E. Martin Hennings was born in Penns Grove, New Jersey on February 5, 1886 to German immigrant parents. Two years after he was born, Hennings’ father moved his family to Chicago.
Looking back on his early exposure to art and his decision to pursue a life as an artist, Hennings remarked; "It was rather strange that I chose painting for my profession, for practically none of my family showed any artistic tendencies. It happened that when I was 12 or 13 years old, another lad and myself wandered into the Art Institute of Chicago and it was during that visit that I determined to become an artist. That day I secured a pamphlet that showed me that art could be studied. That had never occurred to me.”
It was in 1901 that Hennings began taking classes at the School of the Art Institute of Chicago, which was largely based on the great European art schools and made particularly emphasis on the importance of drawing. On June 17, 1904, he graduated from the school with honors, but continued to study there for another two years, mostly under the instruction of John Vanderpoel.
Hennings eventually took up work as a commercial artist, mostly painting murals and portraits around Chicago. Murals on which Hennings worked, usually on canvas panels, include one for the cafeteria at the Art Institute of Chicago, the Florentine Ballroom at the Congress Plaza Hotel in Chicago, and The Ascension, a mural painted for the Grace Episcopal Cathedral in Topeka, Kansas.
Out of a desire to return to fine art painting, he re-enrolled at the School of the Art Institute of Chicago, and soon entered, in 1912, a painting in a competition at the Ecole des Beaux-Arts in Paris, for which he won second prize. He soon enrolled at the Academy of Fine Arts, Munich in Germany, under the direction of Angelo Junk, Walter Thor, and Franz von Stuck, who was particularly influential on the painter. In January 1914, Hennings became a member of the American Artists Club in Munich, Germany with Victor Higgins and Walter Ufer, who would both later become fellow Taos Society of Artists.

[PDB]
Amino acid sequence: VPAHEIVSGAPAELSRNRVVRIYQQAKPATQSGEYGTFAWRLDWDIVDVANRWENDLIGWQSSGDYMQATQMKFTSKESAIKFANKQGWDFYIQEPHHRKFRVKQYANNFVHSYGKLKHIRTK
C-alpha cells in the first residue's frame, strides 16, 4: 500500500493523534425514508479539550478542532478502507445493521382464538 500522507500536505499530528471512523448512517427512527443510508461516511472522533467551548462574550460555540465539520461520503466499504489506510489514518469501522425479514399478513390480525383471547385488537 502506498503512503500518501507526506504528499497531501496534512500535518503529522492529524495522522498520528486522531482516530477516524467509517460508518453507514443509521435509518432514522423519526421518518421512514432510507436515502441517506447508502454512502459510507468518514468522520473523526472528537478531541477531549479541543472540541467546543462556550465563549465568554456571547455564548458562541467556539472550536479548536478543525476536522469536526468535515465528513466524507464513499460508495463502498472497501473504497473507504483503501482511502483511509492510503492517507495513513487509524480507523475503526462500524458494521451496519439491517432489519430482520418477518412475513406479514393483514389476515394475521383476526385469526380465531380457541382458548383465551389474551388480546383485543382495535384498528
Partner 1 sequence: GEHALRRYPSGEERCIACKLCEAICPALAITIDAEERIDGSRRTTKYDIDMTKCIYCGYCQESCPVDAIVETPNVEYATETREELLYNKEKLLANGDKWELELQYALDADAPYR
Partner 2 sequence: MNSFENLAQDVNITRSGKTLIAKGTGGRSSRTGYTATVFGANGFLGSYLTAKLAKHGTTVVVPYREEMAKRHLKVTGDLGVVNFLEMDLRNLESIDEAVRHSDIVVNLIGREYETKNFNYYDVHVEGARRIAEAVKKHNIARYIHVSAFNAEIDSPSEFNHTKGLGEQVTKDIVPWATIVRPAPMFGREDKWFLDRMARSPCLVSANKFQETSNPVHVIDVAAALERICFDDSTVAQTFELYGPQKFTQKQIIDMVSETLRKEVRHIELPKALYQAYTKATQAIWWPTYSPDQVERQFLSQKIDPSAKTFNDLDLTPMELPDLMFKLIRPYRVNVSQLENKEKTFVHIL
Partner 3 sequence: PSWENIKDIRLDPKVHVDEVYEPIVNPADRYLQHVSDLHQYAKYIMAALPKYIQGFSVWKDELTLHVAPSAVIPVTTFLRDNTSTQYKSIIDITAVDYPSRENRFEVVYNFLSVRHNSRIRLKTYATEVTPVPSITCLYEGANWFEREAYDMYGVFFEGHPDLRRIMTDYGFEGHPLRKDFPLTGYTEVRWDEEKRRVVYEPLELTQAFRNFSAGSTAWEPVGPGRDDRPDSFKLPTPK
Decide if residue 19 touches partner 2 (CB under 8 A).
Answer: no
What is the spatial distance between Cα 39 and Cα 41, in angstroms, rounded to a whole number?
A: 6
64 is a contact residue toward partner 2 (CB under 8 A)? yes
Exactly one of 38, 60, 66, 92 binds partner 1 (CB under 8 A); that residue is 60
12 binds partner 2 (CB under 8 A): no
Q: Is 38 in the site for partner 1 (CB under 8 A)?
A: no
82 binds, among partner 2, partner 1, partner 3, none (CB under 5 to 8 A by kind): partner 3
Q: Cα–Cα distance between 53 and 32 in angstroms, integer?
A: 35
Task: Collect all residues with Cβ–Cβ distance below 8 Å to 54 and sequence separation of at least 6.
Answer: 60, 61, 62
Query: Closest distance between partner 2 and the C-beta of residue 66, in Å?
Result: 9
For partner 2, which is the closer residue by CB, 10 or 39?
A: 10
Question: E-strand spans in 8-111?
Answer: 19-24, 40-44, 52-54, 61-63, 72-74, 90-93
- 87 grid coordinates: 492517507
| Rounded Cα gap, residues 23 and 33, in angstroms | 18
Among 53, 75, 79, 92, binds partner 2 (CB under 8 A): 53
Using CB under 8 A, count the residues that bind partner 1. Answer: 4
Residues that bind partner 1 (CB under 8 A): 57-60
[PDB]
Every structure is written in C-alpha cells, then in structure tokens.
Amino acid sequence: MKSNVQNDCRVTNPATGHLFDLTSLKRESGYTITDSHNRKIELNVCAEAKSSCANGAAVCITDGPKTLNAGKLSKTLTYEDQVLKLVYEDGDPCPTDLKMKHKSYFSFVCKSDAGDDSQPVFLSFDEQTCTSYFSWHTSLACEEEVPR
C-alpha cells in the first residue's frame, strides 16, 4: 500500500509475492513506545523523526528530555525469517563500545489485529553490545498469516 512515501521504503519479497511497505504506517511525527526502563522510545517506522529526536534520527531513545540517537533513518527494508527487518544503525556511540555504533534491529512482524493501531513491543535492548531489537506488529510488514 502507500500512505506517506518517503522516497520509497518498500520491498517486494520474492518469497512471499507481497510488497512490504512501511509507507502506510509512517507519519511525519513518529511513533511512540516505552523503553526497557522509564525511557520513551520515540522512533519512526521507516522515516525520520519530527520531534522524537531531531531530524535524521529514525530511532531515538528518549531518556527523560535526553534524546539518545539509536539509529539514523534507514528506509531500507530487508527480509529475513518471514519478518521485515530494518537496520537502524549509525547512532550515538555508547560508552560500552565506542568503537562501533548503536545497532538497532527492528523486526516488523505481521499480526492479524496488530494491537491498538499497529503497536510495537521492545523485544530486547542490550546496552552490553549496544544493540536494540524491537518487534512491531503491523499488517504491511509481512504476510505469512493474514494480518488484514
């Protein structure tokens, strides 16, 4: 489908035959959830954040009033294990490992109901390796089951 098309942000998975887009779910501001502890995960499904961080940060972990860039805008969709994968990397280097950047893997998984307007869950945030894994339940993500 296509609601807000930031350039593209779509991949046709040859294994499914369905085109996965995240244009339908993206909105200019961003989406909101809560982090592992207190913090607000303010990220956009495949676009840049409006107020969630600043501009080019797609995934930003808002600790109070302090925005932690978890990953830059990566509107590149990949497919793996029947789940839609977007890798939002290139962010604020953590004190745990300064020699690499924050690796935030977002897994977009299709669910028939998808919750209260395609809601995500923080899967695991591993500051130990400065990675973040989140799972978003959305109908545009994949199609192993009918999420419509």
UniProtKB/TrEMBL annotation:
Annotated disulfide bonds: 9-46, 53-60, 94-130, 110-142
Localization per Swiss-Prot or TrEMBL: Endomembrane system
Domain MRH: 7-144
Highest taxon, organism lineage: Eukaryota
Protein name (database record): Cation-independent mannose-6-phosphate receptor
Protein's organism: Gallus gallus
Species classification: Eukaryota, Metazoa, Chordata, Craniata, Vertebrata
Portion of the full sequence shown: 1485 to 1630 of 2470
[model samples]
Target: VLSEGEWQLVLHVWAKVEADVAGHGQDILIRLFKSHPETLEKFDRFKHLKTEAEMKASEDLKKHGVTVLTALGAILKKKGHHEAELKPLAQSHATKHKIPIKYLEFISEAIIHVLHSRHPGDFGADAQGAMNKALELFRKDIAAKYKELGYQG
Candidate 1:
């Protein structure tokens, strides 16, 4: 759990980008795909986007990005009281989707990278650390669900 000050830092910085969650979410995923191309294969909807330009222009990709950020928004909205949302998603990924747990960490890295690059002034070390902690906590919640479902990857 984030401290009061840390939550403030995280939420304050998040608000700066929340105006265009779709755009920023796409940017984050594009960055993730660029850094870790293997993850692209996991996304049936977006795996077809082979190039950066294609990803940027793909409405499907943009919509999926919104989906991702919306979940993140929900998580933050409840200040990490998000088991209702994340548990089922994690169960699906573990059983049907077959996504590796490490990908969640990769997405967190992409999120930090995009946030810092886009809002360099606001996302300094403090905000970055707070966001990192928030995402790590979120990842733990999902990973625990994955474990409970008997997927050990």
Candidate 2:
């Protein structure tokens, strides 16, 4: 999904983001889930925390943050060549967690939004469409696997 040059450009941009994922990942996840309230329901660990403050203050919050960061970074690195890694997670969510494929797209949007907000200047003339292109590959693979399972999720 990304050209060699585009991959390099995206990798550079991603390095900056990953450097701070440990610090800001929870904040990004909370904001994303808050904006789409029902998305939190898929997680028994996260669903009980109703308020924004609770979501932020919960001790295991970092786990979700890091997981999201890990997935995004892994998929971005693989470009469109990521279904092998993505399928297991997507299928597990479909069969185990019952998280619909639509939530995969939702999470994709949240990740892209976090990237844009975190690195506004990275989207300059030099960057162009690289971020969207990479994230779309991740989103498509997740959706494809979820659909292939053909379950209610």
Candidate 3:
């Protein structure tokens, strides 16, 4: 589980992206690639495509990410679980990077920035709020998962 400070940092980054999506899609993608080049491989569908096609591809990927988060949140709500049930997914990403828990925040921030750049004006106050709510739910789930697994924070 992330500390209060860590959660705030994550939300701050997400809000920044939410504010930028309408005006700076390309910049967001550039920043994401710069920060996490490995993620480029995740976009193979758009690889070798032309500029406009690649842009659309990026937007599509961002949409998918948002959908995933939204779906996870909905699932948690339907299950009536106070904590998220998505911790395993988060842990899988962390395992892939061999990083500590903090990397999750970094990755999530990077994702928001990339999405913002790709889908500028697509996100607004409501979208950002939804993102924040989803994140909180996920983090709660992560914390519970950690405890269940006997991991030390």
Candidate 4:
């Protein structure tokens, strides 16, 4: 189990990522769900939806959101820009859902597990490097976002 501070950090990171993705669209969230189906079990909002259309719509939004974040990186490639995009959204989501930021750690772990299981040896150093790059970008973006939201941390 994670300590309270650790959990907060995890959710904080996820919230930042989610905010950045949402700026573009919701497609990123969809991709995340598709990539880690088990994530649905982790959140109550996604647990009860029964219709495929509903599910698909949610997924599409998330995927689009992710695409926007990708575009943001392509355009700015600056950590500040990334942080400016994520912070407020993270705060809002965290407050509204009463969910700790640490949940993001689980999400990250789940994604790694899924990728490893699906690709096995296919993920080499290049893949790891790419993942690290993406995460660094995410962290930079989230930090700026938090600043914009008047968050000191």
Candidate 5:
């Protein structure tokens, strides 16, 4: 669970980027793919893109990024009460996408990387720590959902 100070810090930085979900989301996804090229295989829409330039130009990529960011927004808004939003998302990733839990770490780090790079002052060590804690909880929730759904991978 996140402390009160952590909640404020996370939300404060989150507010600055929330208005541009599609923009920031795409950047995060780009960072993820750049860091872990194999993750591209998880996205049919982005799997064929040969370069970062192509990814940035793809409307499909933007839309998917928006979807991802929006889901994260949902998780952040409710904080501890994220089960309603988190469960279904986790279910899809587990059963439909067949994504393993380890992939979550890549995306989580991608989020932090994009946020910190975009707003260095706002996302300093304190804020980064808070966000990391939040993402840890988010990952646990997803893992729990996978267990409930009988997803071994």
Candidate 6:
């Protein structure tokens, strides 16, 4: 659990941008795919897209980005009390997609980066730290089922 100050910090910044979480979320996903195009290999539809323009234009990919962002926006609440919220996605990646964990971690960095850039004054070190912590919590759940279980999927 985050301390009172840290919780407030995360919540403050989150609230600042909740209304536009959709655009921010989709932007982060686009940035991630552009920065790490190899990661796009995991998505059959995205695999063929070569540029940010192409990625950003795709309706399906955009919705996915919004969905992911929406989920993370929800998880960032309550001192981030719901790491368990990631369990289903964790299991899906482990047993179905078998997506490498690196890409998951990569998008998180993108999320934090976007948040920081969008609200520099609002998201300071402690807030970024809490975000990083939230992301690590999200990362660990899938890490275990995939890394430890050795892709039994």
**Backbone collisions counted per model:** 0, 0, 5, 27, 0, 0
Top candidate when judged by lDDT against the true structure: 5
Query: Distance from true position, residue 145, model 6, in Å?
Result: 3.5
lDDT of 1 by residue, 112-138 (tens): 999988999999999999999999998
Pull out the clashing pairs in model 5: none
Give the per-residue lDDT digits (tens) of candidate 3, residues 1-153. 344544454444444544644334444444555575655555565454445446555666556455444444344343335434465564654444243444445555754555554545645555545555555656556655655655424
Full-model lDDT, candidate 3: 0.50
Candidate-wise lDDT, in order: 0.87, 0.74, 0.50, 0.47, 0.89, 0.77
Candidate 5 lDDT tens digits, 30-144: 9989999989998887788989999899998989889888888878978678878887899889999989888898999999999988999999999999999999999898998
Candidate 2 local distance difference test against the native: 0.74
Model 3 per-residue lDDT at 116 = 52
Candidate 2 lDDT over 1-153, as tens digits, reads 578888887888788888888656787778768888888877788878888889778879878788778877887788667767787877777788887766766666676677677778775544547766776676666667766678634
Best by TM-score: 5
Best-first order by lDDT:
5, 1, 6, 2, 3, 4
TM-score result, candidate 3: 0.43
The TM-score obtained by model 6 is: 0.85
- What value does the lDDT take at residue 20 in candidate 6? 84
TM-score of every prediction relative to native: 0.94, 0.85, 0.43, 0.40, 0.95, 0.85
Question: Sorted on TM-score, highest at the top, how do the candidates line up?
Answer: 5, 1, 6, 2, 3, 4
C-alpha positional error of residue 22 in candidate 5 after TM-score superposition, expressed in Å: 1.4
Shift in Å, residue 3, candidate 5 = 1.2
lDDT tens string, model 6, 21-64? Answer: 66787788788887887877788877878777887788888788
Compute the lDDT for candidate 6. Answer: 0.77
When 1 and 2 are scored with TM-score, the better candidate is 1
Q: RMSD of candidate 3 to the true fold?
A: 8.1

Before World War I escalated, Hennings relocated back to his hometown of Chicago and initially resided at the Fine Arts Building on Michigan Ave, where Louis Grell joined him for a short period before the two moved studios to the famous Tree Studio artist colony in Chicago's North side. At this time Hennings also joined the artist run Palette and Chisel Academy of Fine Art, and by 1916 had already gained respect in Chicago with a number of awards, including a Gold Medal from the Palette and Chisel Club as well as the Englewood Women's Club prize at the Art Institute of Chicago.
Hennings soon attracted the attention of a number Chicago businessmen and art patrons, including Carter H. Harrison, Jr. Harrison offered to sponsor a trip for Hennings to visit and paint in Taos, New Mexico, in exchange for the works he completed during his stay. Hennings was not the first to receive such a proposition; Walter Ufer and Victor Higgins had both been approached by Harrison three years earlier, and soon settled permanently in the Southwest.
Hennings accepted the patrons proposition and spent the summer and fall of 1917 in and around Taos. Harrison supplied Hennings with an introduction to the newly created New Mexico Museum of Art in Santa Fe, New Mexico. For the inaugural exhibition at the museum Hennings exhibited three paintings. In that year, 1917, Hennings exhibited his first painting in the United States, outside of Chicago, at the National Academy of Design in New York City, New York.
Although Hennings soon traveled back to Chicago to continue his work as a commercial artist, three years later he moved permanently to Taos. His new home allowed Hennings to expand past the limitations of commercial art, to paint freely. In particularly the artist was able to freely travel around the area surrounding Taos, painting en plein air subjects of intense natural beauty in remarkable light, none of which would have been possible in Chicago. In part due to his academic education, Hennings’ primary interest was in portrait painting, with his primary subject being the Native Americans living in and around Taos Pueblo.